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A Celebration of Teamwork

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Tuesday, May 5, 2020 - 18:45

By Suzan Wollard, PA

It was a fifth-grade current events project that first brought the pandemic home for me. My 10-year-old daughter, who attends a Catholic school on the Upper East Side of New York, was writing about an evolving epidemic called coronavirus.  It was February and we had just returned from a family vacation — the virus was in the news but still seemed very far away from us.

My daughter described Dr. Li Wenliang, a Chinese doctor who tried to alert the world about a new severe respiratory syndrome – a disease that took his own life in a short period of time. Dr. Li was a father as well as a doctor committed to his patients, and in February he paid the ultimate price. My curious daughter asked me probing questions about the new epidemic, and I realized I didn’t know enough about it yet to answer her.

I work in Neurosurgery and Neurology at the Weill Cornell Medicine campus of NewYork-Presbyterian Hospital and although I've cared for patients with a wide range of critical conditions, like everyone else I knew very little about this one.  When I returned to work after vacation, however, the importance of my daughter’s social studies assignment — and the relevance our conversations to our lives — quickly became clear.

My first Covid-19 task was to dismiss the students in our Physician Assistant program from their clinical rotations, suddenly and indefinitely. This news came as a shock, with profound implications that rippled through a community committed to education. It was for their own protection, and it also helped reduce the number of people on site and it freed working PAs to receive training in how to care for patients with the coronavirus.     

The next assignment was to educate my team of PAs about critical care medicine and acute respiratory distress syndrome. We specialize in neurological conditions, which is very different, so we needed to become proficient in respiratory care practically overnight. Using Zoom sessions, Dr. Judy Ch'ang (neurointensivist in the intensive care unit located in the south wing of the second floor – which we refer to as the 2 South Neuro ICU) and Dr. Joshua Davis (medical ICU fellow on 5 South), played critical roles in quickly transforming our group of dedicated PAs into a staff well versed in terms like ARDS, PEEP, Pplat, P:F, and FiO2. We became experts in ordering propofol, paralytics, proning, and vent changes.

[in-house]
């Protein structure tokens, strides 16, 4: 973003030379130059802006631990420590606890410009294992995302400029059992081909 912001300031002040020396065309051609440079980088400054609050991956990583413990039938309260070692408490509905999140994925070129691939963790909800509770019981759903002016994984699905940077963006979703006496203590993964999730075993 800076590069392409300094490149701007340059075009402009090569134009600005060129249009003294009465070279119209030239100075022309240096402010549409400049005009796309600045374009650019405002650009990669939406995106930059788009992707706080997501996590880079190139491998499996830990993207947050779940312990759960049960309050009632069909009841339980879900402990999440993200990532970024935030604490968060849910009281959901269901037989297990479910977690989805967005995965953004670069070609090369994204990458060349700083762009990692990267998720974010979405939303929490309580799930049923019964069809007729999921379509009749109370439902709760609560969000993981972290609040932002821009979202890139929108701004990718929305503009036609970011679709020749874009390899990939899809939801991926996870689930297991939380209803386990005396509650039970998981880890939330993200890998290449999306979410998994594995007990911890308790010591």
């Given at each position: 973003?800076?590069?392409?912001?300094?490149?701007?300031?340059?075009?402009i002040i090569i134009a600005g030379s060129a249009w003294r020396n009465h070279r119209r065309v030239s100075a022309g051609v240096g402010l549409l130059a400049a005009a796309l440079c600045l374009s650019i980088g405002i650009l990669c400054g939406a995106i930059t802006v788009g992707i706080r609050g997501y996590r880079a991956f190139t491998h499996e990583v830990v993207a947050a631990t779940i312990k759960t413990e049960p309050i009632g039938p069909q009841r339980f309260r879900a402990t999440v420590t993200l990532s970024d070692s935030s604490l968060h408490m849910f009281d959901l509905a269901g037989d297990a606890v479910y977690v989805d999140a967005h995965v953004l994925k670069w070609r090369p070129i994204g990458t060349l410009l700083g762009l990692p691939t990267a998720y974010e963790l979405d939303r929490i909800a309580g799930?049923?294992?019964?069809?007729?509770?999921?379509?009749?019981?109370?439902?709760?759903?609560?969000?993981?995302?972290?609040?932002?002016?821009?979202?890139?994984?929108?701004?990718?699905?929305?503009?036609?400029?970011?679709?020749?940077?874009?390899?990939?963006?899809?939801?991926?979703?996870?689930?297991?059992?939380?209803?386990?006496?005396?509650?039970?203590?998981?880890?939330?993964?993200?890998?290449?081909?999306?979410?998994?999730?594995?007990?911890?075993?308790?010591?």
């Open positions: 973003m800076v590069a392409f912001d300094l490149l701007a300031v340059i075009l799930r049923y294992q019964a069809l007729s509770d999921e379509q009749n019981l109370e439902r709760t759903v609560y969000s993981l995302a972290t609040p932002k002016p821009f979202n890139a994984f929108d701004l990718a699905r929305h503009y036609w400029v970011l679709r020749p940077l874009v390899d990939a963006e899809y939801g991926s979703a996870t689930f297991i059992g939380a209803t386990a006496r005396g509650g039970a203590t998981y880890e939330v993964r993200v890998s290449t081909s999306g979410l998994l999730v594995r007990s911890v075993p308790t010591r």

Next we created staffing plans for new satellite ICUs that were being set up on 2 Southwest and 2 West in anticipation of the great surge in patients to come. With less than two weeks of training (with many hours of intense study outside of work hours), we became ICU PAs – and when we received the call to duty from the Command Center, we responded. Uncertain of our new physician leaders, our new team members, our new roles, and ourselves we quickly rose to the occasion and worked out the kinks. We even partnered with Amy Reischer, Director of Physician Assistants at NewYork-Presbyterian Brooklyn Methodist, to help provide coverage to our neighbors in Brooklyn.
Patricia Ni, PA (center), was instrumental in getting meals donated to sustain front-line health care workers

It was truly an amazing team effort. Patricia Ni, a neurology PA, immediately raised money to provide more than 70 meals for our frontline staff in the ED. Thanks to her and Matt Laghezza, PA; Kevin Ng, Interim Director of Food and Nutrition; and restaurant “886” owner Andy Chuang, we were able to show our appreciation of our frontline staff right out of the box. Patricia ended up fundraising $130,000 for more than 10,000 meals to NYC hospitals and provided donated meals to our staff every night.

Patricia didn’t stop there. She also collaborated with a California-based nonprofit, Trainers Coalition, to provide Zoom yoga sessions with complimentary Lululemon yoga gift mats to help de-stress the front line staff.  And she, along with neurosurgery PA Allison Basham and Division Chief for Neurocritical Care Hooman Kamel, MD, donated PPE supplies to our teams in need of masks. 

The outpouring of support from within the team has been incredible. Many of our staff faced personal illness throughout this crisis – we were exposed to the virus on a daily basis, so it wasn’t long before the first person on our team was quarantined. Suddenly we faced a new “first,” and our Chief Operating Officer, Dr. Kate Heilpern, responded personally to set the tone for how we could support a team member struggling at home.   

NewYork-Presbyterian Weill Cornell Medicine PAs on the front line of the Covid-19 pandemicAlthough the team has faced many challenges along this journey, this experience has made each of us stronger. We have learned new skills, supported each other, connected with our community, and cared for those afflicted with Covid-19. The PAs are frontline providers who have shown compassion to patients, families, each other, and the wider team. They saved many lives and helped families cope with loss. The care they provided was appreciated by so many families in words of gratitude and acts of kindness. 

This has certainly been an unprecedented time of change and a journey that we are all still sorting through. The NYP Weill Cornell Neuro PAs should feel proud of their response to this world pandemic. As their team leader, I am especially proud of them – and I’m grateful for my daughter’s school for sending me that first wake-up call back in February.